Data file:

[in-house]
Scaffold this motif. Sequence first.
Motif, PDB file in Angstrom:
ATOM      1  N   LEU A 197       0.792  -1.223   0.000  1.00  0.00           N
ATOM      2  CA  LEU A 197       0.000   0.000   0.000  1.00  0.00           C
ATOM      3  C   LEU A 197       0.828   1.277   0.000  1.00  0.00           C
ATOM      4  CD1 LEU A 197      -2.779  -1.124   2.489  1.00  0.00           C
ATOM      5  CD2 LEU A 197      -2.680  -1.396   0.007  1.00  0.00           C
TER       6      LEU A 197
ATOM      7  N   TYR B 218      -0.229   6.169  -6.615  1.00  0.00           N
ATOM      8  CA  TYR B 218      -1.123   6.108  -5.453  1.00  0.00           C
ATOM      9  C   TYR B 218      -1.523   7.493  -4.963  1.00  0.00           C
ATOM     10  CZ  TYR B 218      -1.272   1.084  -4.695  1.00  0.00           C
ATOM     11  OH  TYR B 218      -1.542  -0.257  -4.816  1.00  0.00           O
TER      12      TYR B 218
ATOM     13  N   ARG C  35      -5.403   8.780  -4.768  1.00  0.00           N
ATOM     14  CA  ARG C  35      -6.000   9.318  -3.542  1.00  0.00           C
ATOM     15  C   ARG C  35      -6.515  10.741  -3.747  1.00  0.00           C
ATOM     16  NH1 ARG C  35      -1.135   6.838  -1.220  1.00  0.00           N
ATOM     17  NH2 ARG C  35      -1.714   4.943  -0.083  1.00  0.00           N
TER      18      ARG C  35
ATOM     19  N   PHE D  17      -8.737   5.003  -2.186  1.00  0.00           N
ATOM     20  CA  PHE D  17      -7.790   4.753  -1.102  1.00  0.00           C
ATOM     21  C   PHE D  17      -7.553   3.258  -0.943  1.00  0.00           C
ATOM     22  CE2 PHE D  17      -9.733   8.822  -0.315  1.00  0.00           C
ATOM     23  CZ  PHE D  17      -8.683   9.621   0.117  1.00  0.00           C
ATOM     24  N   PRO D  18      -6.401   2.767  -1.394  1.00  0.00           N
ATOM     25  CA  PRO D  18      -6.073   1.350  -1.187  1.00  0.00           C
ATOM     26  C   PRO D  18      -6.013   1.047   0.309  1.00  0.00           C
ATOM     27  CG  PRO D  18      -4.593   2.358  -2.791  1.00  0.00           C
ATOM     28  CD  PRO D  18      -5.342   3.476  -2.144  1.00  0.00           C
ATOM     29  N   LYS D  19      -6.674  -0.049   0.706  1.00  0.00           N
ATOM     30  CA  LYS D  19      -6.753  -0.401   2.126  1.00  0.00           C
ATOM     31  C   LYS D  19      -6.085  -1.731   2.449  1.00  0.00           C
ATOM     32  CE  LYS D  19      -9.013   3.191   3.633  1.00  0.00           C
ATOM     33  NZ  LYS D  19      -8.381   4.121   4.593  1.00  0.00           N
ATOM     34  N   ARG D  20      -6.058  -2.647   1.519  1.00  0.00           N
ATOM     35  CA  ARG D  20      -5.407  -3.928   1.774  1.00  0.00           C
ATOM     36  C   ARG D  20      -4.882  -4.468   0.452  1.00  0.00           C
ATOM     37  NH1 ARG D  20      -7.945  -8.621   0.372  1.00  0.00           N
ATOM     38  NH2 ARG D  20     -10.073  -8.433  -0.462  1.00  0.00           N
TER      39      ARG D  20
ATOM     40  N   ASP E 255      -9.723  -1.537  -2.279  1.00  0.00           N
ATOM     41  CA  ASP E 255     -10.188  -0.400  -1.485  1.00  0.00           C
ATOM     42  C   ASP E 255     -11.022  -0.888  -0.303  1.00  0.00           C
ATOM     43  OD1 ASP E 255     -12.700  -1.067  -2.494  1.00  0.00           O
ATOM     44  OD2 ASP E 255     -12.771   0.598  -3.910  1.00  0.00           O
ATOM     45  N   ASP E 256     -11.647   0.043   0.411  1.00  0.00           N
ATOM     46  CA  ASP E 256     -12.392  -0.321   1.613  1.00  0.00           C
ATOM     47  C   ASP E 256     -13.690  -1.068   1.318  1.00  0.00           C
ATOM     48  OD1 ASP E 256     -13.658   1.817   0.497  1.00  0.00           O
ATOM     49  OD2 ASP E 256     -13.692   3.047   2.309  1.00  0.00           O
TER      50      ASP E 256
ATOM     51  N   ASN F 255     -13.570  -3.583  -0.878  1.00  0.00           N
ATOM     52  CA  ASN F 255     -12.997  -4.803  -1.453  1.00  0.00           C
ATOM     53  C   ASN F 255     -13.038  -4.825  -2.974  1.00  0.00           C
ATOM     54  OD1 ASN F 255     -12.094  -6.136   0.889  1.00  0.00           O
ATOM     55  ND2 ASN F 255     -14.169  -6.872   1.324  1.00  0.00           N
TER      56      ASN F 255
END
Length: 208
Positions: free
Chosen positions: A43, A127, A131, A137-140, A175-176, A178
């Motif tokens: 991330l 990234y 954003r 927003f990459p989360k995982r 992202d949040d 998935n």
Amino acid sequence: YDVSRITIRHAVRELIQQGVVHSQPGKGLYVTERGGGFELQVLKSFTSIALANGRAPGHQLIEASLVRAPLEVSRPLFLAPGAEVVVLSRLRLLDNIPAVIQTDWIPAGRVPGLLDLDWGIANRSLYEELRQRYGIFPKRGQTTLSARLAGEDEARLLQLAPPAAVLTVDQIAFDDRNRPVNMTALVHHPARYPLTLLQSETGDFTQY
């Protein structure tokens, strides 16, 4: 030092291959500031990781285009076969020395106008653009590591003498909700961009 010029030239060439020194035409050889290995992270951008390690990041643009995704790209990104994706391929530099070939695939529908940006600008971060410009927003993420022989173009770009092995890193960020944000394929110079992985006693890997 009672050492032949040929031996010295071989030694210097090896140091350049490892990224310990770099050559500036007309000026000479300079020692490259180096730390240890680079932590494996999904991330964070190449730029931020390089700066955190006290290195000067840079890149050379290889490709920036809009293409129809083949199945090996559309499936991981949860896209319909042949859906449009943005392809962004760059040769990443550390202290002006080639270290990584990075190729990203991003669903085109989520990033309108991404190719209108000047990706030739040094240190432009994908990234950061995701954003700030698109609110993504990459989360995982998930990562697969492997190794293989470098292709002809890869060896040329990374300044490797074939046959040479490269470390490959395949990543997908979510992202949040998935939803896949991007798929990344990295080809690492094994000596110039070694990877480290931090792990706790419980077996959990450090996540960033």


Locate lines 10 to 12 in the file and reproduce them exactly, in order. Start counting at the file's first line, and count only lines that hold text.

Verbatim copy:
ATOM      7  N   TYR B 218      -0.229   6.169  -6.615  1.00  0.00           N
ATOM      8  CA  TYR B 218      -1.123   6.108  -5.453  1.00  0.00           C
ATOM      9  C   TYR B 218      -1.523   7.493  -4.963  1.00  0.00           C